For as morbid as it is, I had a really good time watching The Comeback Trail, a dark comedy about a scheming film producer banking on the “accidental” death of his leading star. Think Bowfinger or The Producers with more slapstick and cynicism.
Robert De Niro is almost unrecognizable as suspicious producer Max Barber, a contact everyone seems to know well….which is why Barber doesn’t have any close colleagues other than his producing partner and nephew Walter Creason (Zach Braff). Max has a harmless appeal, but he’s constantly having to escape the wrath of a financial flop or the mob (led by film buff Reggie Fontaine played by Morgan Freeman). Max is, once again, under the thumb of local gangsters who are looking to collect. Just when Max thinks he’s in the ultimate pinch, a lucrative opportunity comes in the form of an unrelated on-set incident – a famous Hollywood actor accidentally dies and the production earns a hefty paycheque from the actor’s insurance. Max believes he can recreate a similar accident. Hiding his motivation from Walter, Max rushes into production using a half-baked script, purposefully uncoordinated stunt work, and weathered star Duke Montana (played by Tommy Lee Jones).
The Comeback Trail is a borderline farce, which helps take some of the edge off its bizarre and potentially mean-spirited premise. De Niro, who received unfair flack for his goofy comedy in Dirty Grandpa, further proves his knack for ambitious humour by delivering very funny jokes through his hysterical character. The other actors in this loaded cast are good as well, but De Niro is the movie’s anchor; carrying the plot as well as setting up amusing exchanges with whomever he’s sharing the screen with.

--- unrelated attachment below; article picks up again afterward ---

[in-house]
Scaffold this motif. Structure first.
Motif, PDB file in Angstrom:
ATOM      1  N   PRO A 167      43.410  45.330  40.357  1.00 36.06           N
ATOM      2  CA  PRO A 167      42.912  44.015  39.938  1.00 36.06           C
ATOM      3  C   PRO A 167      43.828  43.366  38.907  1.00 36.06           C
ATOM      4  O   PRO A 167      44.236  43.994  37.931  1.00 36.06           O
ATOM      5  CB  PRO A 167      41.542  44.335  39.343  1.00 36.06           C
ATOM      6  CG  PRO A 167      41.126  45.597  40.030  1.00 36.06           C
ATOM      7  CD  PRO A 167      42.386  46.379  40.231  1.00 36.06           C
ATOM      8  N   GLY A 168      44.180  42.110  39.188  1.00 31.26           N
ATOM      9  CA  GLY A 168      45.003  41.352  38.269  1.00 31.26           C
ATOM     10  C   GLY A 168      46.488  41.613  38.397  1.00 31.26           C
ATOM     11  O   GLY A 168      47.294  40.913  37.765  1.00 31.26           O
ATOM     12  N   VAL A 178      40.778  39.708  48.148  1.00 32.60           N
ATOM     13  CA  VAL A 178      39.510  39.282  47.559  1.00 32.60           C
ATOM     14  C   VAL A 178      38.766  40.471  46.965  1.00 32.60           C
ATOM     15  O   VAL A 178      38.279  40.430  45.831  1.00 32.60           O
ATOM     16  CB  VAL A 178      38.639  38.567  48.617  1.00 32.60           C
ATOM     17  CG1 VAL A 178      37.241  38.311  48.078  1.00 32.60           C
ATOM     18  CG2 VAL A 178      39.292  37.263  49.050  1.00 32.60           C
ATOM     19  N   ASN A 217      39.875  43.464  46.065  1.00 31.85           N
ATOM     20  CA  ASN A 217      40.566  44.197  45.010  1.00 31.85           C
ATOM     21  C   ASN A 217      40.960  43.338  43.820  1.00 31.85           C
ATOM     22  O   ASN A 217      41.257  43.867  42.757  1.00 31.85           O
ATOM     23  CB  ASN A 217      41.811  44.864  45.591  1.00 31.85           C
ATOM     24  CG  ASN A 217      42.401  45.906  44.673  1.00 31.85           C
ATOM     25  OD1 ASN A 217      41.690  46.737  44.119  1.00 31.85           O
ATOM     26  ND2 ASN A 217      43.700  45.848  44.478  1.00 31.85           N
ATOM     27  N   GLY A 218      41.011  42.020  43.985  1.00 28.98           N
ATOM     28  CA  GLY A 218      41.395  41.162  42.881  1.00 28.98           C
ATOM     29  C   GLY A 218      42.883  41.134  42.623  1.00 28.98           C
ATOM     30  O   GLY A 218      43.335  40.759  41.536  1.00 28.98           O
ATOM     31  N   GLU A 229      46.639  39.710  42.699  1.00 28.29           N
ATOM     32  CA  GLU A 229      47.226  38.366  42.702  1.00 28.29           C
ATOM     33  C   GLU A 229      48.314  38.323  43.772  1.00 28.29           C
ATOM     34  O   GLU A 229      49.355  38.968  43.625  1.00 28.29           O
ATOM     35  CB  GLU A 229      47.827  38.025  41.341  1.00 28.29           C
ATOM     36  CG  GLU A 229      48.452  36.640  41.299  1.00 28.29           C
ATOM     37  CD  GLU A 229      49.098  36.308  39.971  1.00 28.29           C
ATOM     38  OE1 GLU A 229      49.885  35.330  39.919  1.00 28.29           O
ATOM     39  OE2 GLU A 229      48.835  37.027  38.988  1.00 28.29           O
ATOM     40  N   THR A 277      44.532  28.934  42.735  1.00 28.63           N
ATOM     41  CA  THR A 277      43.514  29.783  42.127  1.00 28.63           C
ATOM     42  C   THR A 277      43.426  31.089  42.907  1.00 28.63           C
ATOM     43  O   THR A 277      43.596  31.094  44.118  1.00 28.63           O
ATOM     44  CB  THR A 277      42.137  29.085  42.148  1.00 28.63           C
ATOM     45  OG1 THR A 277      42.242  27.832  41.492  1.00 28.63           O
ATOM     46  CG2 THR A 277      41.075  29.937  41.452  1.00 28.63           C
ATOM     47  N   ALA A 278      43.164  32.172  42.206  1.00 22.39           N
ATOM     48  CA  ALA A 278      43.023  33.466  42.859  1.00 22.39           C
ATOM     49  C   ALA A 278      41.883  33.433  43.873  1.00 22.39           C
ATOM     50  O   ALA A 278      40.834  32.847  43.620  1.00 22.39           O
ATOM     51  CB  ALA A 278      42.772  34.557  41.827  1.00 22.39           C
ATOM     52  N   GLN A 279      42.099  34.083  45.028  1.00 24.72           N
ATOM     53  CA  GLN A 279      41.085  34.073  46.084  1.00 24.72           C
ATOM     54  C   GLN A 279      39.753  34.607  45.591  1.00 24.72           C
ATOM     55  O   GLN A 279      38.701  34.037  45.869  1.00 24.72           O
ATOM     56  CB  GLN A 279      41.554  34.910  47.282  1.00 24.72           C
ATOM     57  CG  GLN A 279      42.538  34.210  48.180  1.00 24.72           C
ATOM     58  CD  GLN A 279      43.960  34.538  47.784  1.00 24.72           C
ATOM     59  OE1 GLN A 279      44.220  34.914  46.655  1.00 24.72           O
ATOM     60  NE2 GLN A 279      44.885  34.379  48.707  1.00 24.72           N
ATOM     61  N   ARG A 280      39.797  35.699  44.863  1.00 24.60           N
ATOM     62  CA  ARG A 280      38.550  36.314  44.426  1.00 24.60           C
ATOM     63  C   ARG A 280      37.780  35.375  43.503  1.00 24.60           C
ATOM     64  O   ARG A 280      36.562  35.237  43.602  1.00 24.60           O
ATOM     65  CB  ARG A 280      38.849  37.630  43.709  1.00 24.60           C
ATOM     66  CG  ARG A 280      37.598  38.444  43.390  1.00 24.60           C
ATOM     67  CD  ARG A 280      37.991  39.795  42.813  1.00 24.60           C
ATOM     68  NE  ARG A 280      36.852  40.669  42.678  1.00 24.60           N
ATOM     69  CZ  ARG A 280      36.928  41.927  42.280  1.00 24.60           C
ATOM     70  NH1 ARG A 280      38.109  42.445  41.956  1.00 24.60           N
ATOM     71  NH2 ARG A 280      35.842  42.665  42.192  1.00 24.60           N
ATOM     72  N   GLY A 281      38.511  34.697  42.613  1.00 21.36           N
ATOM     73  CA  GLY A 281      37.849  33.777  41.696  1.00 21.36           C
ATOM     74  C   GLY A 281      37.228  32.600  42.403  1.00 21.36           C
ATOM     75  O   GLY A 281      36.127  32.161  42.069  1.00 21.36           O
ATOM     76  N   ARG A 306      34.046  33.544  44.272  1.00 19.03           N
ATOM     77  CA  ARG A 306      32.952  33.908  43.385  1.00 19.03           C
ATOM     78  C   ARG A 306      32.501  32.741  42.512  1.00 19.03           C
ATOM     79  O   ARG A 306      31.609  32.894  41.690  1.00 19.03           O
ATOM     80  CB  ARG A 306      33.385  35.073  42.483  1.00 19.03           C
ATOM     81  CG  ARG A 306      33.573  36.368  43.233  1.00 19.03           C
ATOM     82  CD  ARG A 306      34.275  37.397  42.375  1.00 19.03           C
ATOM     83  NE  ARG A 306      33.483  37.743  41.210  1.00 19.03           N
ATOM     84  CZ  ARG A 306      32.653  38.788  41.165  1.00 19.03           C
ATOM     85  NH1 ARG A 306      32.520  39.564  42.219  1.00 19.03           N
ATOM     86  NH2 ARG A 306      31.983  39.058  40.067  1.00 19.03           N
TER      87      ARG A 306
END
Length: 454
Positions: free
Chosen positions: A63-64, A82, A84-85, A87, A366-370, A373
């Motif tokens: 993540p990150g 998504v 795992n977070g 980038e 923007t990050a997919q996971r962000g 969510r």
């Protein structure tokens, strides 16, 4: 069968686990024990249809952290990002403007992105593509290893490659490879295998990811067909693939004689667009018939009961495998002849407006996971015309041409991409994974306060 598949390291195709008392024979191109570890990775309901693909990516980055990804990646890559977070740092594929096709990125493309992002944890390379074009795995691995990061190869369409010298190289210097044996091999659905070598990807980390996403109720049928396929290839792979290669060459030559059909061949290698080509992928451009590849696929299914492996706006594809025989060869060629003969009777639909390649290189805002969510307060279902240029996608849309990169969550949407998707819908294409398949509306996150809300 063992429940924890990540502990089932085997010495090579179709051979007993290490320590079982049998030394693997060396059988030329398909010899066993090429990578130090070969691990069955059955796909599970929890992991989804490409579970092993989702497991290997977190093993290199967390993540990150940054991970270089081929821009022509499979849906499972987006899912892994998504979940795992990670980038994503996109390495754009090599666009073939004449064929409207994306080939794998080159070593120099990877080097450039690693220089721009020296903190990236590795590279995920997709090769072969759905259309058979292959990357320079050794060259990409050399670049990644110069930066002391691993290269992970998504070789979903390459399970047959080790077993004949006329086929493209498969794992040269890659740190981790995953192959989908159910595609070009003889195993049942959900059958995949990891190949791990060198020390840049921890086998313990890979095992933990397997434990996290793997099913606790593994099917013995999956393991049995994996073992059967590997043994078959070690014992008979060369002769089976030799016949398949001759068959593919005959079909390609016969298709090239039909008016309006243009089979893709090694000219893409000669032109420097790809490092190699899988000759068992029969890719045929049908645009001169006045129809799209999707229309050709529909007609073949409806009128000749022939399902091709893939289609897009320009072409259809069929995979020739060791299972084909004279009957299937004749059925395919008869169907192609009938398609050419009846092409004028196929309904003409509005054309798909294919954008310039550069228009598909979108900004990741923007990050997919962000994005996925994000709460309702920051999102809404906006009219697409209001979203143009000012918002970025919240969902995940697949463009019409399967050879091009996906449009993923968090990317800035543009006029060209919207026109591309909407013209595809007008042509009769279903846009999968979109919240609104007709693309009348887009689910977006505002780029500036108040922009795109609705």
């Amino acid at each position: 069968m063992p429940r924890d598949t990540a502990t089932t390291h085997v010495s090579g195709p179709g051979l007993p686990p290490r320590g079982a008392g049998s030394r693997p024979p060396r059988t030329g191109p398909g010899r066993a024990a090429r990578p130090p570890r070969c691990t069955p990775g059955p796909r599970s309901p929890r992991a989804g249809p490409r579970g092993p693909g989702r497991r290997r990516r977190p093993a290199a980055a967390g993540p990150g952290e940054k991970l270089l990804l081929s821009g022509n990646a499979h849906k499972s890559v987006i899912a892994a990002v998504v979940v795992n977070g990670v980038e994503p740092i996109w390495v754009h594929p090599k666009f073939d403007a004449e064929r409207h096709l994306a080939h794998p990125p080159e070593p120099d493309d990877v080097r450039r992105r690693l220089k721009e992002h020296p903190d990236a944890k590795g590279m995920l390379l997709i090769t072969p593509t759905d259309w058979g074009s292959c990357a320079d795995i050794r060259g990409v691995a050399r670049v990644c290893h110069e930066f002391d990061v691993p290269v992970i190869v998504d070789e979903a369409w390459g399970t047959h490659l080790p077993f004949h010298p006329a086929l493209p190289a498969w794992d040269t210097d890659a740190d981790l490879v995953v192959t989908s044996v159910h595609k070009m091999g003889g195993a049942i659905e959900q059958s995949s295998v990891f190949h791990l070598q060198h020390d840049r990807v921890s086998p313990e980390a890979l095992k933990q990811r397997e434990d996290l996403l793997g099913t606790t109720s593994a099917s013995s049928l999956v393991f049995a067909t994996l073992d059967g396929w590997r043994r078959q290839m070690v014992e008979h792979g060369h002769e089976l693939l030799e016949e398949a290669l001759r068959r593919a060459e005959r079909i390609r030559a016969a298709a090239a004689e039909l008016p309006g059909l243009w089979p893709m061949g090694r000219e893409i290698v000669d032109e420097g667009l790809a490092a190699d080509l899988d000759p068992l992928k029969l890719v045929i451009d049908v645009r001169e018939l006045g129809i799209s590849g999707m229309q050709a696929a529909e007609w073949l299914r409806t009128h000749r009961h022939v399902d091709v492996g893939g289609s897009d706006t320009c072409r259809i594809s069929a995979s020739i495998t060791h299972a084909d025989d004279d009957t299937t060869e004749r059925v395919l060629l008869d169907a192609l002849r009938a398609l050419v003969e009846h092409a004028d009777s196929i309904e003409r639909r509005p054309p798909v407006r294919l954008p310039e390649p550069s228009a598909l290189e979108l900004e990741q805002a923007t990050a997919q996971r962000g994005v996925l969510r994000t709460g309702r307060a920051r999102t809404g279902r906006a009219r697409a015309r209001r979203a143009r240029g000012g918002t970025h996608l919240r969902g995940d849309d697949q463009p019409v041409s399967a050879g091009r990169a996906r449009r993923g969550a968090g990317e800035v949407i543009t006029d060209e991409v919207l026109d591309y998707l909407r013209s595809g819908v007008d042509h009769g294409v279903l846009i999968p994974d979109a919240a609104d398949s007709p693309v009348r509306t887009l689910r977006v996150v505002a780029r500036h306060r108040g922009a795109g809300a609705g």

I haven’t been keen on the recent output from The Comeback Trail’s director/co-writer George Gallo (Bigger, The Poison Rose), but he finds an efficient groove with this film. It could be because he’s working with a great and potentially overqualified cast, but Gallo’s direction allows the film to seamlessly alternate between crime plot and black comedy without overextending the material’s reach. Even when the story becomes sentimental, with the cast and crew falling more in love with the schlocky con job they don’t know they’re working on, The Comeback Trail doesn’t lose the audience’s focus. The only real misstep is a tacky ending that must’ve had “wrap everything up here” written in thick marker across the script. But otherwise, The Comeback Trail is a satisfying hoot.
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Addison Wylie: @AddisonWylie